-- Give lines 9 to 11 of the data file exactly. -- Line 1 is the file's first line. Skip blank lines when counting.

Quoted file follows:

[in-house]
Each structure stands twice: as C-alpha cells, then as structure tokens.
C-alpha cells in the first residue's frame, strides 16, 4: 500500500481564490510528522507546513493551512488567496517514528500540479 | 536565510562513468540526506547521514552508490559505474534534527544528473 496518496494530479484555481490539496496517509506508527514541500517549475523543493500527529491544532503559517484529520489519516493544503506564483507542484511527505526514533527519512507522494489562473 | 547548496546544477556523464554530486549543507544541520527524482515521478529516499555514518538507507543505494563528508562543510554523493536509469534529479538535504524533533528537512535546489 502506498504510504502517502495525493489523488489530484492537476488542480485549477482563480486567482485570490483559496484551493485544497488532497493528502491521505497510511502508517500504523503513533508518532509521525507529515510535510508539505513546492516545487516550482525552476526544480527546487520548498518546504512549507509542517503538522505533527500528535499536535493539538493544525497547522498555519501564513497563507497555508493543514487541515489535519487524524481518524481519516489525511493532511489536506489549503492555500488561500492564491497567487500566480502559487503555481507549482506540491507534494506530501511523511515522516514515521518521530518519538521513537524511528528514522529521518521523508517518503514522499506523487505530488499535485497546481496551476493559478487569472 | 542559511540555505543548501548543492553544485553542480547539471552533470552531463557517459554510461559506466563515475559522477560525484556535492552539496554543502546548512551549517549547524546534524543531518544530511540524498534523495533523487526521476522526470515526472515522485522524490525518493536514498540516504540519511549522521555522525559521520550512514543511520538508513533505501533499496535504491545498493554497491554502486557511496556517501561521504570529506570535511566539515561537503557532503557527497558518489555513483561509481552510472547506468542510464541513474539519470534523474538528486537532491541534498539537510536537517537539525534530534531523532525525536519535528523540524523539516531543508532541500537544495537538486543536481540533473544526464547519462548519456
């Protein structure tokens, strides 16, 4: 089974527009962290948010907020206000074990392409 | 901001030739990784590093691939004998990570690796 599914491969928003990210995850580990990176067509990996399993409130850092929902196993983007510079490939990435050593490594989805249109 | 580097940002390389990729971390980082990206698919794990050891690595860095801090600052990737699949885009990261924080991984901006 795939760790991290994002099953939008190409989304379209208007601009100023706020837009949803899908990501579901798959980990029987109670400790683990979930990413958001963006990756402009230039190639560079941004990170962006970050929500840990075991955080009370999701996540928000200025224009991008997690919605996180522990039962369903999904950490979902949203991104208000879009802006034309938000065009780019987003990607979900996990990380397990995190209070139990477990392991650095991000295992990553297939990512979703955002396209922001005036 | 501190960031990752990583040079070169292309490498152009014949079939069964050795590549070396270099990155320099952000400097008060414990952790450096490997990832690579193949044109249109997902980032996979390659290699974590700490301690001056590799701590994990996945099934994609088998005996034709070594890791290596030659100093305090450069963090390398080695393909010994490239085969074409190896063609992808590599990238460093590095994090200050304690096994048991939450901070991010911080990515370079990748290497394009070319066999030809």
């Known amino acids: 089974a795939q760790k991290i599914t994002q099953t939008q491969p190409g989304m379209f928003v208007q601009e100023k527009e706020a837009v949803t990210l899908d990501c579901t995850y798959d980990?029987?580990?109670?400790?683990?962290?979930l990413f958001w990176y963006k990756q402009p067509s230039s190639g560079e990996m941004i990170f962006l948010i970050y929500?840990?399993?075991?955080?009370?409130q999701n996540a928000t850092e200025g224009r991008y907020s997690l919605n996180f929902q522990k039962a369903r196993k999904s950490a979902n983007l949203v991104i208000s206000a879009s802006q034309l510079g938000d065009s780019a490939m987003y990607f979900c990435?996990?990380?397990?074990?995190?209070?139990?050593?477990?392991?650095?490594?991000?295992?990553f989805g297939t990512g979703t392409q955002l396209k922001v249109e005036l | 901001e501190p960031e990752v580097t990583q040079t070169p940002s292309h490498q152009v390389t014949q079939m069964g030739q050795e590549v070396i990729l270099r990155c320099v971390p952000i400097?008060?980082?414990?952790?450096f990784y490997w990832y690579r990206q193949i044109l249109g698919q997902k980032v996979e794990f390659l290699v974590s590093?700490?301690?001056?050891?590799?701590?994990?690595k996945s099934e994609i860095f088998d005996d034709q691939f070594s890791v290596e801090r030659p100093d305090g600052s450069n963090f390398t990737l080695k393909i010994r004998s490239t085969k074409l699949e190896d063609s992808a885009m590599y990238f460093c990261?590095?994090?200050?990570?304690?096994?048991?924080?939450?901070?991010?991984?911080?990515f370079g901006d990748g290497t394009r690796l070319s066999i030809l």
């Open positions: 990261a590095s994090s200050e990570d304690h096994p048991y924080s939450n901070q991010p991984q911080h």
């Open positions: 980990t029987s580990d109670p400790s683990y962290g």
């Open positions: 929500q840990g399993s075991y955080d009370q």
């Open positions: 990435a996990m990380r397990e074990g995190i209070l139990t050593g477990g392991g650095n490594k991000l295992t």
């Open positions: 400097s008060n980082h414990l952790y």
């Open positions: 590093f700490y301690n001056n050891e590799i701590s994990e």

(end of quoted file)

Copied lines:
């Open positions: 990435a996990m990380r397990e074990g995190i209070l139990t050593g477990g392991g650095n490594k991000l295992t």
């Open positions: 400097s008060n980082h414990l952790y």
């Open positions: 590093f700490y301690n001056n050891e590799i701590s994990e």